Modern employee engagement surveys, like Culture Amp, make it easier than ever for HR to draw insights from the data. While it’s tempting to over-focus on the areas for improvement, take note of the areas that score highly. These can be good indicators of what employees really value about working in your organisation.



What do your people want?

The people ‘on the ground’ are your most accurate source of information on how employees are feeling about their careers and time working for you. Career conversations are vital – and not just to be left to an annual appraisal.

Having meaningful career conversations

Managers and other mentors need to have the right tools and training to carry-out effective career conversations. These discussions often involve a level of openness and honesty that isn’t commonplace in many workplaces – so it’s out of the comfort zone for many leaders.

Training managers with career coaching style tips and tools can help address this. Alternatively, separating roles between managers and career coaches can be useful, as fintech company Monzo discovered.

Individuals must also feel empowered to have career conversations and to take charge of their own development – not just leaving it up to managers and mentors. Fostering a culture of open communication and active development can help with this.  As can providing employees with technology that helps them reflect and decide on their career.

Antoinette Oglethorpe’s career conversation toolkit is a helpful resource for career coaches and career managers.

Running ‘leader listening tours’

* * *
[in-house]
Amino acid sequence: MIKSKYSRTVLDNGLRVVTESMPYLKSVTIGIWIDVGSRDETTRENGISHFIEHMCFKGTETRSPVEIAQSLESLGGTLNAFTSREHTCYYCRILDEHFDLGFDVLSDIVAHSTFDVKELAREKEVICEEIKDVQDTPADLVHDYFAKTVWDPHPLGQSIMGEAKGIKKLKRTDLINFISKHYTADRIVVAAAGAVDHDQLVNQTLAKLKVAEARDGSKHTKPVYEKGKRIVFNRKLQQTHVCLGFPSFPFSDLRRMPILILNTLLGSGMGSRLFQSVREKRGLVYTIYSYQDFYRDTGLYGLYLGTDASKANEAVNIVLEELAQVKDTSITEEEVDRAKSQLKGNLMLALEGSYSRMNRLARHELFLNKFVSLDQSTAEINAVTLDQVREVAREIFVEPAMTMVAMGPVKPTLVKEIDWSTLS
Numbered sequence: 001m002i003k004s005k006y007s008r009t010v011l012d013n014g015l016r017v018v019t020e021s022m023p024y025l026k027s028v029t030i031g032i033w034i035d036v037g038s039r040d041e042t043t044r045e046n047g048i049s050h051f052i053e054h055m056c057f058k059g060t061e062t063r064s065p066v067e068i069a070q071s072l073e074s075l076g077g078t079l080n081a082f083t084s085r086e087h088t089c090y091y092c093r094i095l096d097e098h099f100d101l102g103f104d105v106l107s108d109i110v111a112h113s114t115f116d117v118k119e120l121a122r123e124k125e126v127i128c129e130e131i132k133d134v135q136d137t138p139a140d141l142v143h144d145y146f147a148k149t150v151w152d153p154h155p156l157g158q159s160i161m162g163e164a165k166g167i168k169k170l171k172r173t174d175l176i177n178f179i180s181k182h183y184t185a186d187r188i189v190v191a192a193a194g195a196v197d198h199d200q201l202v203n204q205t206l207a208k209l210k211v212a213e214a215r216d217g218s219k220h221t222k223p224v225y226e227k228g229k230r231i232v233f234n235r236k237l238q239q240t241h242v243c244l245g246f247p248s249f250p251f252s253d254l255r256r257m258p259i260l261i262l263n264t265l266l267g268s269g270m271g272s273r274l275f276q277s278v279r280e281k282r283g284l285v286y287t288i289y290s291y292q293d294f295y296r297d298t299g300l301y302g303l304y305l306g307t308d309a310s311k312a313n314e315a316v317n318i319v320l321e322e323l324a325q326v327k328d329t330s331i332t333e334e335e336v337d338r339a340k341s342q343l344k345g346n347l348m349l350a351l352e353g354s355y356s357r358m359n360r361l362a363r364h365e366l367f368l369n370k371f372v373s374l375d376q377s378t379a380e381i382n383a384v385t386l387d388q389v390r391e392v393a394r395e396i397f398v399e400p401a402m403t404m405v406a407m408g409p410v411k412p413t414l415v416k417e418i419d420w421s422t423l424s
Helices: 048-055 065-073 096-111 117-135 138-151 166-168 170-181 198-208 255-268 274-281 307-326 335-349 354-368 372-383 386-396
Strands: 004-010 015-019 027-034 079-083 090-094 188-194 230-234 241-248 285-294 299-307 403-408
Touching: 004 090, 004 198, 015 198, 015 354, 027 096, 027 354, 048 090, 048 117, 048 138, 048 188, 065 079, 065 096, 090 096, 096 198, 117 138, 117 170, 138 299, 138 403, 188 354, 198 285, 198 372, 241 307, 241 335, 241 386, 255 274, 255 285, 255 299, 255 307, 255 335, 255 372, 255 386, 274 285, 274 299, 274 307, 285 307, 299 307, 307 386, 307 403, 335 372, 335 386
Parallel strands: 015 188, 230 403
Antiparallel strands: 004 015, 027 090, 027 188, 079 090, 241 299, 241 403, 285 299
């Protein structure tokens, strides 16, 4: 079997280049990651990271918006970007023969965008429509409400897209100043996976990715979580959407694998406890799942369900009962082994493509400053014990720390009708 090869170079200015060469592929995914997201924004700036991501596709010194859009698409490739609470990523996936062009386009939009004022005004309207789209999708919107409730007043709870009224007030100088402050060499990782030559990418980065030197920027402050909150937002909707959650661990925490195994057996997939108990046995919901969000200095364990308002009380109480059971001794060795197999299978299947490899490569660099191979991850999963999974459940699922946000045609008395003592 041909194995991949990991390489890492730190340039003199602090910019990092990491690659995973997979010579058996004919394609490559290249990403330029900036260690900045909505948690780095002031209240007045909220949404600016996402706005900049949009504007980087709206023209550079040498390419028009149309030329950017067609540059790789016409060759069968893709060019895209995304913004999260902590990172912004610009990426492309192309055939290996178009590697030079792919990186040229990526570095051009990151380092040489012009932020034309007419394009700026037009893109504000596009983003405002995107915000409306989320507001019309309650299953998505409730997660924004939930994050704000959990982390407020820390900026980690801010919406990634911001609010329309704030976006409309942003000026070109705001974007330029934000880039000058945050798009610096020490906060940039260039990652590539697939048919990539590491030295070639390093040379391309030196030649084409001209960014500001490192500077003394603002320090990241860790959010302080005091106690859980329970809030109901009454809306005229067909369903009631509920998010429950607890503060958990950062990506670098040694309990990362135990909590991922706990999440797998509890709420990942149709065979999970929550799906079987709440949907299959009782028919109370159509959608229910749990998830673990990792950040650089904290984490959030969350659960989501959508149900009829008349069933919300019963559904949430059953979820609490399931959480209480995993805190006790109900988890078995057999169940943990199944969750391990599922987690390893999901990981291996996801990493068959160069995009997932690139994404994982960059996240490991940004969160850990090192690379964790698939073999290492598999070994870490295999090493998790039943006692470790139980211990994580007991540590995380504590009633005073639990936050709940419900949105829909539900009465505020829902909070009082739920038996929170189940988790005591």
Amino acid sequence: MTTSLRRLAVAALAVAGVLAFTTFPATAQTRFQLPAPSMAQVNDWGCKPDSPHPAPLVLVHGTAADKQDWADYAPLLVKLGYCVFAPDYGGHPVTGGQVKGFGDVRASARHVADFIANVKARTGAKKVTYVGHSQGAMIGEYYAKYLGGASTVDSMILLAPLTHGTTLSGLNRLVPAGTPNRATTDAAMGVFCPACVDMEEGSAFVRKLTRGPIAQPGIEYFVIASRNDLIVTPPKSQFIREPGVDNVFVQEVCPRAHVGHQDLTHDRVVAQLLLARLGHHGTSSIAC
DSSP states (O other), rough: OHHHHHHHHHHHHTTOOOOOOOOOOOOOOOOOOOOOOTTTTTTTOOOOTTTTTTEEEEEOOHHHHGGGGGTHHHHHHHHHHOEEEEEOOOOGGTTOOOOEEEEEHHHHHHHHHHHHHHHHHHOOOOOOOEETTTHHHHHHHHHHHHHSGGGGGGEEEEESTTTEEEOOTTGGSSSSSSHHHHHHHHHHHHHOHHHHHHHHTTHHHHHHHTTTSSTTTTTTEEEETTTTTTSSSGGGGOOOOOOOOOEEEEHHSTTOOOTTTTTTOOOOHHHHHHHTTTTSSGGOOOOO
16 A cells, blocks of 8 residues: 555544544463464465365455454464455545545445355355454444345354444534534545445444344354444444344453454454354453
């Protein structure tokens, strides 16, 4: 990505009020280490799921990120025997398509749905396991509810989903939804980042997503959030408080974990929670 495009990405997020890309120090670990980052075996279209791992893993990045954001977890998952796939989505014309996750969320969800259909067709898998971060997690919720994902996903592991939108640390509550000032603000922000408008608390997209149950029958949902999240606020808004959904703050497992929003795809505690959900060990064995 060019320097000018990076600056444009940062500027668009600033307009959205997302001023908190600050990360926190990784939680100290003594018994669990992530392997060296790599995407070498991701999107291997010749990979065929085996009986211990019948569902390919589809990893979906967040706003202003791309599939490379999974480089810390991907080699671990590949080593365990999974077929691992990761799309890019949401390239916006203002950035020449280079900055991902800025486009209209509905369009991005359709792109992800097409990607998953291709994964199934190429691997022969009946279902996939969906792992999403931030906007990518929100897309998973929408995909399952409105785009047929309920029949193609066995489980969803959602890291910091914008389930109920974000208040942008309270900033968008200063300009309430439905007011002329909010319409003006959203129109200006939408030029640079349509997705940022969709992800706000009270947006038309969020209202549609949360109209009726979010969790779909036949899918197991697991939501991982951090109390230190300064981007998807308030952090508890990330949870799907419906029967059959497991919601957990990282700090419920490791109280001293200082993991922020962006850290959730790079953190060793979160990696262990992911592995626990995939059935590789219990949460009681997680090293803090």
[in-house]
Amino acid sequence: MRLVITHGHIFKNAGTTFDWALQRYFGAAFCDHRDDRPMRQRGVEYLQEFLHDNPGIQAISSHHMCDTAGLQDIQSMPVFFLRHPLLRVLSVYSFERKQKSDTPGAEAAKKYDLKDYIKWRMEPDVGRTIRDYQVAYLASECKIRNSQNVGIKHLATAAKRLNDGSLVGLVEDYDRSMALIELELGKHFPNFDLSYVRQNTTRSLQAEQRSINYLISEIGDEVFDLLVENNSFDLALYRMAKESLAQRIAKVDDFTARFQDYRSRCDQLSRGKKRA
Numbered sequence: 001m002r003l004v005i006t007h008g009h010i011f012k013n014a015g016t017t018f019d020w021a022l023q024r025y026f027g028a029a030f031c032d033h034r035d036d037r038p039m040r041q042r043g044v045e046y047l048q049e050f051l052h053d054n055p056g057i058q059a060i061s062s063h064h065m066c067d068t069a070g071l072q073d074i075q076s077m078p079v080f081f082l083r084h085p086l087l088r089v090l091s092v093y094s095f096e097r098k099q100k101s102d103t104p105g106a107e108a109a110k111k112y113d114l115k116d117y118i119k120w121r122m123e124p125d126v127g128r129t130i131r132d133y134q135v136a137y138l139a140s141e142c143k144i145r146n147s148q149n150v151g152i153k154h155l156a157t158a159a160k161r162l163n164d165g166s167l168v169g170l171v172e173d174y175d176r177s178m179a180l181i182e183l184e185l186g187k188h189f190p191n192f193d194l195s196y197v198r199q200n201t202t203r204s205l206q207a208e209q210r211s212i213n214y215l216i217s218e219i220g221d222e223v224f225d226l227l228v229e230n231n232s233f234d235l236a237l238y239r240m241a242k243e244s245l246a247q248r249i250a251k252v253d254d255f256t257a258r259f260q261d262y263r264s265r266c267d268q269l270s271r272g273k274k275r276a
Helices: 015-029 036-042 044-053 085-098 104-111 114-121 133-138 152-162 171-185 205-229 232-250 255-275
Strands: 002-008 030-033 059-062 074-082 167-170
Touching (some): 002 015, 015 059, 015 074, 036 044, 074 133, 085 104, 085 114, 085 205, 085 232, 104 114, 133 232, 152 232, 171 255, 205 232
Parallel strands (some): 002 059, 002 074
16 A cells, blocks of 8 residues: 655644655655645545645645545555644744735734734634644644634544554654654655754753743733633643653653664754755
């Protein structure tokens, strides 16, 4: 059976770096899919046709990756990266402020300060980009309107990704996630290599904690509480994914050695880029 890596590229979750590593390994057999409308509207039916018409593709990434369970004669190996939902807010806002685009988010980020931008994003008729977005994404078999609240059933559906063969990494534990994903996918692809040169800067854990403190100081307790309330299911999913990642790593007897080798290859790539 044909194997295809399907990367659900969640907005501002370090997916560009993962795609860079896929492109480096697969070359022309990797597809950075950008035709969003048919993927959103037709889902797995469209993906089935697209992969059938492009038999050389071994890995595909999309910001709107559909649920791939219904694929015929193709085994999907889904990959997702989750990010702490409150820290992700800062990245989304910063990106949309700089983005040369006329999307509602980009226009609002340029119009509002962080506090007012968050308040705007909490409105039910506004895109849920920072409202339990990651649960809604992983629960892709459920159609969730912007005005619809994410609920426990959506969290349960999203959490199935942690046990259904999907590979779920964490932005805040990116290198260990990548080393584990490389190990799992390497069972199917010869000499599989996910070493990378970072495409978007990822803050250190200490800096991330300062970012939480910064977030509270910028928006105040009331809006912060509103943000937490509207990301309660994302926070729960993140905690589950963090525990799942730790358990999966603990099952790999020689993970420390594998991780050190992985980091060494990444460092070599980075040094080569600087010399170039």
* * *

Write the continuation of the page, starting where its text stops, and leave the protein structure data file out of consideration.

Skyscanner’s Global Design Director, Steve ‘Buzz’ Pearce shared how each leader at Skyscanner runs ‘listening tours’.

Listening tours are 1 hour, round table sessions where employees are given a safe, confidential space to share their thoughts, concerns and questions. They’ve found that this generates a deep appreciation by employees and helps leaders to keep their finger on the pulse of what matters to employees.

“You’ve got to know what people thinking. All good leadership teams should be doing it.” – Buzz Pearce, Skyscanner

You can read more on how to run a leader Listening Tour here.

Testing your hypotheses

You might choose to take a hypothesis-led approach to understanding attrition and retention drivers in your firm. Testing hypotheses is a approach used by strategy consultants and proponents of the Lean Startup methodology.

Here are examples of a ‘hypotheses card’ that you can use to structure your hypotheses and how to test them:



The first step to retaining and engaging talent is to understand what employees really value.

Fortunately, in today’s workplace, there are many ways to learn what employees want – whether through employee surveys or having quality conversations. Bringing together a blend of these approaches helps you to better decide on actions that are likely to have the greatest positive impact.


If you’d value talking with one of the GroHappy team about employee retention and career development in your organisation, please get in touch here.



Header photo by Annie Spratt on Unsplash